Visna virus encodes a post-transcriptional regulator of viral structural gene expression.
Visna virus is an ungulate lentivirus that is distantly related to the primate lentiviruses, including human immunodeficiency virus type 1 (HIV-1). Replication of HIV-1 and of other complex primate retroviruses, including human T-cell leukemia virus type I (HTLV-I), requires the expression in trans of a virally encoded post-transcriptional activator of viral structural gene expression termed Rev (HIV-1) or Rex (HTLV-I). We demonstrate that the previously defined L open reading frame of visna virus encodes a protein, here termed Rev-V, that is required for the cytoplasmic expression of the incompletely spliced RNA that encodes the viral envelope protein. Transactivation by Rev-V was shown to require a cis-acting target sequence that coincides with a predicted RNA secondary structure located within the visna virus env gene. However, Rev-V was unable to function by using the structurally similar RNA target sequences previously defined for Rev or Rex and, therefore, displays a distinct sequence specificity. Remarkably, substitution of this visna virus target sequence in place of the HIV-1 Rev response element permitted the Rev-V protein to efficiently rescue the expression of HIV-1 structural proteins, including Gag, from a Rev- proviral clone. These results suggest that the post-transcriptional regulation of viral structural gene expression may be a characteristic feature of complex retroviruses.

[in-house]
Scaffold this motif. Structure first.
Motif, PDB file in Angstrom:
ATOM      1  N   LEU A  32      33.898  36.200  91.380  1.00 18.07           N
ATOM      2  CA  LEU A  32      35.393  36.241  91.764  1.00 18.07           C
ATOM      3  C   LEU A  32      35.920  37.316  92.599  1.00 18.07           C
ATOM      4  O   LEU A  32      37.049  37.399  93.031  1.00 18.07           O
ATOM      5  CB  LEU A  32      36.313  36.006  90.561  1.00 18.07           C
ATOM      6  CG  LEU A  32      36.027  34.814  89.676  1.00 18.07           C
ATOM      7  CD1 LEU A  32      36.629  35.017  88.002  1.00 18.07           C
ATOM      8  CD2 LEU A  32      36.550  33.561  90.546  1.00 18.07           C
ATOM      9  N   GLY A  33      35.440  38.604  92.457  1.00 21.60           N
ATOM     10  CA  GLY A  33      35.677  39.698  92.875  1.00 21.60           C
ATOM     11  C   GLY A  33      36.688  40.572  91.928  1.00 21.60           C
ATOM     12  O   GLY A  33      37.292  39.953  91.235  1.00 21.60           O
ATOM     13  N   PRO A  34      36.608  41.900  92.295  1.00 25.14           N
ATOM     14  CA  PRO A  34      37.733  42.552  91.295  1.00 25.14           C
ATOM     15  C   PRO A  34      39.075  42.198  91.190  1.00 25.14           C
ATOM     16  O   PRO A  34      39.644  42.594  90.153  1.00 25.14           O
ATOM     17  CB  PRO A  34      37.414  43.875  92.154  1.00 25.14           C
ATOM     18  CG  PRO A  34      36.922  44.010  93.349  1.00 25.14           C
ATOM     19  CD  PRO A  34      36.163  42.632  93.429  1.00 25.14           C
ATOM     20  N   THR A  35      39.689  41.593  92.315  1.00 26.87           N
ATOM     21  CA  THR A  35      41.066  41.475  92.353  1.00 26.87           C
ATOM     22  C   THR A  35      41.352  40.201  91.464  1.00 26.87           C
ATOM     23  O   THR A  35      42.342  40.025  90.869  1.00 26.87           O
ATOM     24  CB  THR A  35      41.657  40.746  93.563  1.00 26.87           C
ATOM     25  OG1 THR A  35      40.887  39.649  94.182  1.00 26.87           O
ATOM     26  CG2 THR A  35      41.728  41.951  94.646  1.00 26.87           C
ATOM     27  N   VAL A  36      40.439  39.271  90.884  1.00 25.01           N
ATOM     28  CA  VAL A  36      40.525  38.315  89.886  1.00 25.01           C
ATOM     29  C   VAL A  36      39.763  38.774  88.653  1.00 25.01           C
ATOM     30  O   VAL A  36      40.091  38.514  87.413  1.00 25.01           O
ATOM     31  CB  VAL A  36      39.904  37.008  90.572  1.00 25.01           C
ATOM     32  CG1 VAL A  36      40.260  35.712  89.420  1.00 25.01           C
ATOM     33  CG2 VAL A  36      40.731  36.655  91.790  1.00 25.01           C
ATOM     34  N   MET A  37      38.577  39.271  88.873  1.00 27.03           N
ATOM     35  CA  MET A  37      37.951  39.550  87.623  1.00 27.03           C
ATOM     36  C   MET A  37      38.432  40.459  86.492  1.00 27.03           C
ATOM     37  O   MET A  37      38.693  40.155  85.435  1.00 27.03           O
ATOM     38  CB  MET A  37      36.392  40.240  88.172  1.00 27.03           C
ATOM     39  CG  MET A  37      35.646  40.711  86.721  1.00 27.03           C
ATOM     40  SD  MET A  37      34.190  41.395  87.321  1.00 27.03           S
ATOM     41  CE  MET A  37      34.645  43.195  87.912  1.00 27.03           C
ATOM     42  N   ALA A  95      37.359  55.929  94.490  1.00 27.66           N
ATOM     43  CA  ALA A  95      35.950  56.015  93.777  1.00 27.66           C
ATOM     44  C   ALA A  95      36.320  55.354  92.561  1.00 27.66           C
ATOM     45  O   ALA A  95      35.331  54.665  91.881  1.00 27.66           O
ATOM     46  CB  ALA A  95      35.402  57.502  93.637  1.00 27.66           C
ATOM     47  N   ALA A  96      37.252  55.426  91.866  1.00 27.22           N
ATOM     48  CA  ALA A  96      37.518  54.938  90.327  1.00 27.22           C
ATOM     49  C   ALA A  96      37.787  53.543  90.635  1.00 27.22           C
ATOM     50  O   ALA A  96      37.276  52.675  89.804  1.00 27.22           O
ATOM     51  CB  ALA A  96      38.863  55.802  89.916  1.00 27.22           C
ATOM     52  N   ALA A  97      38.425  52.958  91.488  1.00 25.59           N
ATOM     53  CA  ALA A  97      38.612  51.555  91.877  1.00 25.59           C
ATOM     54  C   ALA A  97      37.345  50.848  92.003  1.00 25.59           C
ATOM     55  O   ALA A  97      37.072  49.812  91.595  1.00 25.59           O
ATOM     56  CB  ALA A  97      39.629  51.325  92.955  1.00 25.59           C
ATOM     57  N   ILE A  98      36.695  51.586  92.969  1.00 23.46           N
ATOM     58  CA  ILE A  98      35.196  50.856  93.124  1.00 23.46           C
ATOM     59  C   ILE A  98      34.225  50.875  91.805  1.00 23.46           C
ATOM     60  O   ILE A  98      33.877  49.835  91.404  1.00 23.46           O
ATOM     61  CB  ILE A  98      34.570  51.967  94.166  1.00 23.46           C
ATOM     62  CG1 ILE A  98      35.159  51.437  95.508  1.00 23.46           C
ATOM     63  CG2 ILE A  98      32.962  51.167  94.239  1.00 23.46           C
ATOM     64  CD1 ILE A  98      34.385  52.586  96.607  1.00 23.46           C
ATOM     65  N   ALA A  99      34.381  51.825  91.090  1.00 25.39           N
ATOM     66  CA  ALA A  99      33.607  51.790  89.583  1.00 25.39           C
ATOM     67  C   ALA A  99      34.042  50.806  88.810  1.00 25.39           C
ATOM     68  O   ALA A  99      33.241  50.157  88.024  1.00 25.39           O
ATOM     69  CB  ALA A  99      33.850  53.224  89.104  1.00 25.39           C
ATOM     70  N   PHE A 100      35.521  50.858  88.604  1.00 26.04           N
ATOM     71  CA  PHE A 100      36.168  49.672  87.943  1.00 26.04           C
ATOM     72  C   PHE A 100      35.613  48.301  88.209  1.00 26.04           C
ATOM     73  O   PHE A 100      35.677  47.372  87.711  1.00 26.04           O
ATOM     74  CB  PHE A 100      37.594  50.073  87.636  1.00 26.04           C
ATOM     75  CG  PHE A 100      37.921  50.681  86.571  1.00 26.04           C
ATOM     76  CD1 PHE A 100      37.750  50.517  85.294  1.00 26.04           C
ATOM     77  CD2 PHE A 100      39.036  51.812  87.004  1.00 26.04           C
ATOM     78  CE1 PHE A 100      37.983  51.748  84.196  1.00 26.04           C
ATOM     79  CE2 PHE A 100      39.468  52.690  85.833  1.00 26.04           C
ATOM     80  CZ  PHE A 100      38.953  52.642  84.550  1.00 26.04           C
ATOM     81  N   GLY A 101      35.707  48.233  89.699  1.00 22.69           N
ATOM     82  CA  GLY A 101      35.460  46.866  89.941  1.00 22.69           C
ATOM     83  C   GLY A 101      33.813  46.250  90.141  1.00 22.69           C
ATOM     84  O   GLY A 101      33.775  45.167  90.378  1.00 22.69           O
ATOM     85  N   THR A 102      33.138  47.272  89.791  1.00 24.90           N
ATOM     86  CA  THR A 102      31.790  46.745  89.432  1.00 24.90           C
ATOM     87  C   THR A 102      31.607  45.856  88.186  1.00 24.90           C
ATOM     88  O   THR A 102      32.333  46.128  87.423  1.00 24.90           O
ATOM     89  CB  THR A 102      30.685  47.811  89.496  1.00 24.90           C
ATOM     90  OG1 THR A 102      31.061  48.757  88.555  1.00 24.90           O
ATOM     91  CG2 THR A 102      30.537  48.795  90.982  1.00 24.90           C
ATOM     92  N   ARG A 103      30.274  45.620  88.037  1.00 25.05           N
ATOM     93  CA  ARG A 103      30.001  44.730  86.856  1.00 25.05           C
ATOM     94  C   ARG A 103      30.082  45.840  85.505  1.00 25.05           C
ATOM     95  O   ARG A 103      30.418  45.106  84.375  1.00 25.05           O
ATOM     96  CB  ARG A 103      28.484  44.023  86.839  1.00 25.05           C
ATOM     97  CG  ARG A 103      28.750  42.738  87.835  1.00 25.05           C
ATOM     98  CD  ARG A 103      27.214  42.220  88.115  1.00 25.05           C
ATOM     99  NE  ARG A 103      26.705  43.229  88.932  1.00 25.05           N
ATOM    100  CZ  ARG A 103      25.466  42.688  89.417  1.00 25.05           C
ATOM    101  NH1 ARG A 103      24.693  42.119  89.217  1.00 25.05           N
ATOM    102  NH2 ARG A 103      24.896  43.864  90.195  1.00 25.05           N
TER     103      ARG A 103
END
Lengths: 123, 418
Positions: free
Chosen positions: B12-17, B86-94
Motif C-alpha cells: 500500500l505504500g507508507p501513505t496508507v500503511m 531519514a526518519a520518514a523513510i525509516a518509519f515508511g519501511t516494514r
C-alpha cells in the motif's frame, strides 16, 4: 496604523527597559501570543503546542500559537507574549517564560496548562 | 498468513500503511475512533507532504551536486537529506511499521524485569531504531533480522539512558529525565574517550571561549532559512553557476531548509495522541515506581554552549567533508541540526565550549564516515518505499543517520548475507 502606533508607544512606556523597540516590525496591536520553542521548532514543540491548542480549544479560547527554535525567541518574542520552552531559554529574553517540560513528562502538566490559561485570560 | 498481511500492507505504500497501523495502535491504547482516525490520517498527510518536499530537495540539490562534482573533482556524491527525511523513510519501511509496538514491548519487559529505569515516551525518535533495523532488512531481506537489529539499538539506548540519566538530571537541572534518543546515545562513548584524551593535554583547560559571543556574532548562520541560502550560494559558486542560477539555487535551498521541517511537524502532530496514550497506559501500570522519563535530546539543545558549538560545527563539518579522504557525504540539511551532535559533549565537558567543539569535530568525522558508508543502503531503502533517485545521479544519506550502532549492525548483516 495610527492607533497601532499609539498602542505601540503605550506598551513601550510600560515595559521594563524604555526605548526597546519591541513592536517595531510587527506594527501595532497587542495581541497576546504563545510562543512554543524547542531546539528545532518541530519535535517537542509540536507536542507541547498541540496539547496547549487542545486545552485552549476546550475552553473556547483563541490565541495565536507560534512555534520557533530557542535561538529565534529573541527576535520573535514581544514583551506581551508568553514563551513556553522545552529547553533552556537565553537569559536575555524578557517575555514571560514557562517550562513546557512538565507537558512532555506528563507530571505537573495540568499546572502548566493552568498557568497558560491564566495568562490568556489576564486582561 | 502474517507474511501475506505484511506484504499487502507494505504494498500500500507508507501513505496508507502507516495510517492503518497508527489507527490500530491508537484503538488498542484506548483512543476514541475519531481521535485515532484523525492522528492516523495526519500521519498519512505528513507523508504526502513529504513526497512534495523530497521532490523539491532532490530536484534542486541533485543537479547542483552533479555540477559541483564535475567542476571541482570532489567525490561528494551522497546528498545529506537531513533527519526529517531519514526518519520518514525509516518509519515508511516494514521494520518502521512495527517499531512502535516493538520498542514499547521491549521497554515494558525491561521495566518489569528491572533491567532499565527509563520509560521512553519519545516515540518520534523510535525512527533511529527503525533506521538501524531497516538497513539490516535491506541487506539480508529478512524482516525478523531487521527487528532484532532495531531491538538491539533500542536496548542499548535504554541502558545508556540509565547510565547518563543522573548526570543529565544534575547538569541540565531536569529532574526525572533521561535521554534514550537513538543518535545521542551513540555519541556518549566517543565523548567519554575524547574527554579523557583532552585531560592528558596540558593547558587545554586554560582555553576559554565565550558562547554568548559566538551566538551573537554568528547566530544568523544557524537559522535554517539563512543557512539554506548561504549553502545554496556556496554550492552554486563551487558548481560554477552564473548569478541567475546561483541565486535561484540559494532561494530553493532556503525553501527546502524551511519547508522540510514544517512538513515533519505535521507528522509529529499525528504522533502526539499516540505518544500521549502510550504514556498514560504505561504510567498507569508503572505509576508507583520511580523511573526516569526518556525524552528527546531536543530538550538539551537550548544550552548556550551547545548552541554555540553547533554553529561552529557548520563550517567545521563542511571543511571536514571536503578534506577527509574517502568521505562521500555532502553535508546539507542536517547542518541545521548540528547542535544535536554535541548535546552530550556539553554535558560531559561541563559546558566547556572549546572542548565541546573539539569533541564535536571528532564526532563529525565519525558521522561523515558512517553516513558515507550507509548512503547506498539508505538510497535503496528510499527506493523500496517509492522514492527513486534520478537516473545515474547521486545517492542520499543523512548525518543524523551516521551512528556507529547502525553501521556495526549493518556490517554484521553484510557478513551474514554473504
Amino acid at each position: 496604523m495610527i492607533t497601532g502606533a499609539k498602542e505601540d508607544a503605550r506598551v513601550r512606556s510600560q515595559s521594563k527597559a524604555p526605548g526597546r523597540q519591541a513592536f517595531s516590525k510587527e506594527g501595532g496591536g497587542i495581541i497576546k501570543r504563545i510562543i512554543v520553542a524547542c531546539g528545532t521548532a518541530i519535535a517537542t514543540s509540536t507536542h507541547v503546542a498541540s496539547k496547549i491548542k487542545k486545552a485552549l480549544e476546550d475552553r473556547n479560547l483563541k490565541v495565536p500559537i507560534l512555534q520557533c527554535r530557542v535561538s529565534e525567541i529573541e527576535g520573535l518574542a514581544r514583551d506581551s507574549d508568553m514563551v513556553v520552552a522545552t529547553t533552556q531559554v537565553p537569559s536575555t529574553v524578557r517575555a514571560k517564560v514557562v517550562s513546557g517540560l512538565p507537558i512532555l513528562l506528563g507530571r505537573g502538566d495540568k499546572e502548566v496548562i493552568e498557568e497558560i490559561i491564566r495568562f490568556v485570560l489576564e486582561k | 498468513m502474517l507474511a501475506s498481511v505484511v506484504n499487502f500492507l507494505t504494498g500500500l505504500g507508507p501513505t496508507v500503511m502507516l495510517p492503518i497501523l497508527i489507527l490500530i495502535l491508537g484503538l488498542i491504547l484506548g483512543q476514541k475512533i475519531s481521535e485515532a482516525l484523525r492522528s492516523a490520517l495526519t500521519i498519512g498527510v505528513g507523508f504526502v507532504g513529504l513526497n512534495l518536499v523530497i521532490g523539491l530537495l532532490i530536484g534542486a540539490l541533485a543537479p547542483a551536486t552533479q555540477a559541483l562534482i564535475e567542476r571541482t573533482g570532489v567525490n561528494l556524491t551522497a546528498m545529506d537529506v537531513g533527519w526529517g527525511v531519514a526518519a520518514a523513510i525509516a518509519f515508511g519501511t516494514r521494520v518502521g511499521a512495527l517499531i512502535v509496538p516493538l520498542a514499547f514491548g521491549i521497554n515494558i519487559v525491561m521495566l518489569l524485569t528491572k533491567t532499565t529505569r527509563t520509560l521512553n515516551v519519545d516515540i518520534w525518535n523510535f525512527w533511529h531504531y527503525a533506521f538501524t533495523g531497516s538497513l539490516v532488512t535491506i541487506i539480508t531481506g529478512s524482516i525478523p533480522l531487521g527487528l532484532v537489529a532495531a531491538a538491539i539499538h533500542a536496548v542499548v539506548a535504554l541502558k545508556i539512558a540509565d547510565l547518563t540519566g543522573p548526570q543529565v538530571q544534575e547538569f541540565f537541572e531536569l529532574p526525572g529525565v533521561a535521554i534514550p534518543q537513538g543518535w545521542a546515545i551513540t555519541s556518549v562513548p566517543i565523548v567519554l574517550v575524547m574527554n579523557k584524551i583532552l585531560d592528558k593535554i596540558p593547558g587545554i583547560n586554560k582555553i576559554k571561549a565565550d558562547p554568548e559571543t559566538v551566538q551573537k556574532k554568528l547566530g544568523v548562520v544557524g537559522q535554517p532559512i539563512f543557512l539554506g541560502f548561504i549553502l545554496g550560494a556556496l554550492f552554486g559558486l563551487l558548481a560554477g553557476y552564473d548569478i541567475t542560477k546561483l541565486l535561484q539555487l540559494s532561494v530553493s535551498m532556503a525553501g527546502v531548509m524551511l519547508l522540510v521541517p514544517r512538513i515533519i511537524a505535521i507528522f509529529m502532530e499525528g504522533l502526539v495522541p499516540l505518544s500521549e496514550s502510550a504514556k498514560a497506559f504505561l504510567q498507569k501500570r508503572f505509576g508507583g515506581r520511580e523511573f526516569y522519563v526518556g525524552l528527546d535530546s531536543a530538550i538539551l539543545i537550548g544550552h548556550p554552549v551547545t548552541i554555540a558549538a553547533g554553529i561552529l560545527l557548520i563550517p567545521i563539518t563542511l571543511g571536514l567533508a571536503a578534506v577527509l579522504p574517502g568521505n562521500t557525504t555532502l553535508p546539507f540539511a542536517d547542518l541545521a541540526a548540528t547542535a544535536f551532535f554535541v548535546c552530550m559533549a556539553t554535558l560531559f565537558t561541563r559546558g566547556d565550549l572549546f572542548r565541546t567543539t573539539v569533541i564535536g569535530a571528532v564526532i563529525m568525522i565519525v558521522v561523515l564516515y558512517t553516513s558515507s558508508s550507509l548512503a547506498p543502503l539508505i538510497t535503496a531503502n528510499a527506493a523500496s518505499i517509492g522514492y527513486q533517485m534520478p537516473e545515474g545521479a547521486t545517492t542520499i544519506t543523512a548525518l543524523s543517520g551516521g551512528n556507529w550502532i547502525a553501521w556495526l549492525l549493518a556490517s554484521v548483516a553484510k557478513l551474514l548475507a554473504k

Tiley, LS; Brown, PH; Le, SY; Maizel, JV; Clements, JE; Cullen, BR
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